US lawmakers say Senators Ted Cruz and Josh Hawley should resign for actions that led to Capitol siege

Owen Churchill
·6-min read

Calls grew among US lawmakers for the resignation of Senators Josh Hawley and Ted Cruz on Thursday, saying that their attempts to overturn US President Donald Trump’s defeat in November’s election fuelled Wednesday’s violent besieging of the Capitol.

Hawley and Cruz, both Republicans, spearheaded attempts to thwart Congress’ ratification of the Electoral College result, recycling disproved claims by Trump of widespread voter fraud in numerous states. Both continued to object when lawmakers reconvened after the attack.

Both are also fierce China hawks with growing portfolios of legislation focused on countering Beijing, and routinely speak out about the erosion of electoral freedoms in Hong Kong, having visited the city during 2019’s pro-democracy protests.

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Since November, Cruz and Hawley have focused their attention on backing Trump’s failed efforts to challenge the legitimacy of the presidential election, with Hawley last month becoming the first senator to announce he would object to Congress’ traditionally ceremonial certification of the result.

Senator Ted Cruz followed by Senator Josh Hawley in Washington on Wednesday. Photo: AP
Senator Ted Cruz followed by Senator Josh Hawley in Washington on Wednesday. Photo: AP

Shortly after Republican lawmakers went ahead with those plans to challenge the election result on Wednesday, swarms of Trump supporters breached the Capitol Building, occupying the Senate chamber and clashing with armed police officers.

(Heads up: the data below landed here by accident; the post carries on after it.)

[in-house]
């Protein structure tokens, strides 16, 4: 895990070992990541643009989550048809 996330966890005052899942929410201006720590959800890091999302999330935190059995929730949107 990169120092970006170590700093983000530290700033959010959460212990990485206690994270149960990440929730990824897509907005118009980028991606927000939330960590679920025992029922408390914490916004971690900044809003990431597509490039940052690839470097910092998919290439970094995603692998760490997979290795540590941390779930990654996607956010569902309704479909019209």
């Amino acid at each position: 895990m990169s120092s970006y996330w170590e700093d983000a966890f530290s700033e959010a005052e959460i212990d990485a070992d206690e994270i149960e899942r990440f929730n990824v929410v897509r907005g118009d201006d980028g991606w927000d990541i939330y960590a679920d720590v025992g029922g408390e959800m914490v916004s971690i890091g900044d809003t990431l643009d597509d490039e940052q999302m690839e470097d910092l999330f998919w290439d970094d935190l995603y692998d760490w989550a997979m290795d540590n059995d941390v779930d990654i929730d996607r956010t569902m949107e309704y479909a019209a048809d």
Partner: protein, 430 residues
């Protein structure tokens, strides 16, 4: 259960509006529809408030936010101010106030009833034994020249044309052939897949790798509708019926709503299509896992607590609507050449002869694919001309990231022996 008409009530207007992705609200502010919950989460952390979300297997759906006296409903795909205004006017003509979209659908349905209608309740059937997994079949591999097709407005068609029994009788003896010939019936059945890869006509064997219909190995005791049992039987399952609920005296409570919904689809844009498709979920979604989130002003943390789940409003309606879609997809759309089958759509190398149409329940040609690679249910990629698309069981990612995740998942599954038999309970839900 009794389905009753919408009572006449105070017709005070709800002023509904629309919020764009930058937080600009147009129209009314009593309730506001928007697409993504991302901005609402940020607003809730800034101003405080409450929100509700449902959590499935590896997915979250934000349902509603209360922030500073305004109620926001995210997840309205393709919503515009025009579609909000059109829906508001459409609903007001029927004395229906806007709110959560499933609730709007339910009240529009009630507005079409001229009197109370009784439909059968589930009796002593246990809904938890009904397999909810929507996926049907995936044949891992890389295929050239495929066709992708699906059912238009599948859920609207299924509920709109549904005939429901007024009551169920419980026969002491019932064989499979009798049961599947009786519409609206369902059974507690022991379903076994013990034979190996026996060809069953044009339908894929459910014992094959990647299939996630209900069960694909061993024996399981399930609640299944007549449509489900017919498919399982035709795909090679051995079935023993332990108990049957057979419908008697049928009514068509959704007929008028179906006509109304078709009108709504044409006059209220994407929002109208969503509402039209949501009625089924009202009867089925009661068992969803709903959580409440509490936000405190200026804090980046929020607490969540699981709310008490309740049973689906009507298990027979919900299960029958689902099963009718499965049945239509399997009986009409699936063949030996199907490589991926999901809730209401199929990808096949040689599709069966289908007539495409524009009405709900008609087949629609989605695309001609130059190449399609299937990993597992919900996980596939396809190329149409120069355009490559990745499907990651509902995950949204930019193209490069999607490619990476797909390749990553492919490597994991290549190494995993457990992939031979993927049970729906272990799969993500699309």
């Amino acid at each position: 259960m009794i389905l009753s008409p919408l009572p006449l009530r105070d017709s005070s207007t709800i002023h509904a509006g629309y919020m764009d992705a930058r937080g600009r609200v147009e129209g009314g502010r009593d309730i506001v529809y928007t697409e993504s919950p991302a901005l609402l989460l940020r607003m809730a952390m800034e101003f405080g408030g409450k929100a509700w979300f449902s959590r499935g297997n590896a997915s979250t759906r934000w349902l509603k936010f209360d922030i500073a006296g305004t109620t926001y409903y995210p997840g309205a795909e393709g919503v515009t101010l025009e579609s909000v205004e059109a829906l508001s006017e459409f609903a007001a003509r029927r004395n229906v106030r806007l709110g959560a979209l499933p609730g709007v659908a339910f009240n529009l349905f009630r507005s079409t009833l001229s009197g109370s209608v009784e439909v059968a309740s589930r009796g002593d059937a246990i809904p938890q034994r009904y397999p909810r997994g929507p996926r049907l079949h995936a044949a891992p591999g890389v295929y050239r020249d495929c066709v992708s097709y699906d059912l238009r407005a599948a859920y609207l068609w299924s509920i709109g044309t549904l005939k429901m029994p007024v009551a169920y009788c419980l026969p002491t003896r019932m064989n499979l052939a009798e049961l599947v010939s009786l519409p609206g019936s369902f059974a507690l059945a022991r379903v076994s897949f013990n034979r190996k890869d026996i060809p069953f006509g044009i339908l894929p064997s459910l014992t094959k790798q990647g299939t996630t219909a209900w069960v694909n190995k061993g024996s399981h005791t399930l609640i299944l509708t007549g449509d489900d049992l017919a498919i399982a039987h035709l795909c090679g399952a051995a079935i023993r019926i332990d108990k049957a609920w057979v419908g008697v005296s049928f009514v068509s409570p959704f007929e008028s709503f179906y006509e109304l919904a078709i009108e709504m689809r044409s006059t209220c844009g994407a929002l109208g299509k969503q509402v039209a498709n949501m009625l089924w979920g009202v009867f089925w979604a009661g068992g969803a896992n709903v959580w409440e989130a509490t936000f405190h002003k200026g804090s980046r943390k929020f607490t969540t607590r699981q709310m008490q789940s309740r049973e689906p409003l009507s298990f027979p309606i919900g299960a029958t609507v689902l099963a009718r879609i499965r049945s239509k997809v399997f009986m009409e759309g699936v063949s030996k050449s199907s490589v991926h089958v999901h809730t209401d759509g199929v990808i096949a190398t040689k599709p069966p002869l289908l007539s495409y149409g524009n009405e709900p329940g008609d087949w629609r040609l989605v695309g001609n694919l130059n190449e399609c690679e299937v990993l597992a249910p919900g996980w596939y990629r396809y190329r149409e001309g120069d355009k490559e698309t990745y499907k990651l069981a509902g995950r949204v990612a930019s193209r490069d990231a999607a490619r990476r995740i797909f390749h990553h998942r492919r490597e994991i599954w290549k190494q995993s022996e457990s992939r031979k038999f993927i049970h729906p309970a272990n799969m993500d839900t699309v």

The melee resulted in the deaths of four people, including a woman who was shot by a police officer as she tried to climb through a window, and multiple hospitalisations.

Speaking to reporters on Thursday, Senator Chris Coons, Democrat of Delaware, said he supported calls for Hawley and Cruz to resign, following a similar statement on Wednesday from Senator Mazie Hirono, Democrat of Hawaii.

Explicit calls from senators on their colleagues to resign are extremely rare, not least those coming from moderate figures like Coons, known for his close working relationship with Republicans.

Calls also grew from House Democrats, among them New York Representative Alexandria Ocasio-Cortez, who tweeted on Thursday that Cruz “must accept responsibility for how your craven, self-serving actions contributed to the deaths of four people yesterday”.

“Both you and Senator Hawley must resign,” said Ocasio-Cortez, one of a number of House Democrats to issue such a demand. “If you do not, the Senate should move for your expulsion.”

Congressional members in either the House or Senate can be forced out by a two-thirds majority vote by their respective chamber.

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Coons’ and Hirono’s offices did not respond to an inquiry about whether they intended to file a formal motion seeking Hawley and Cruz’s expulsion.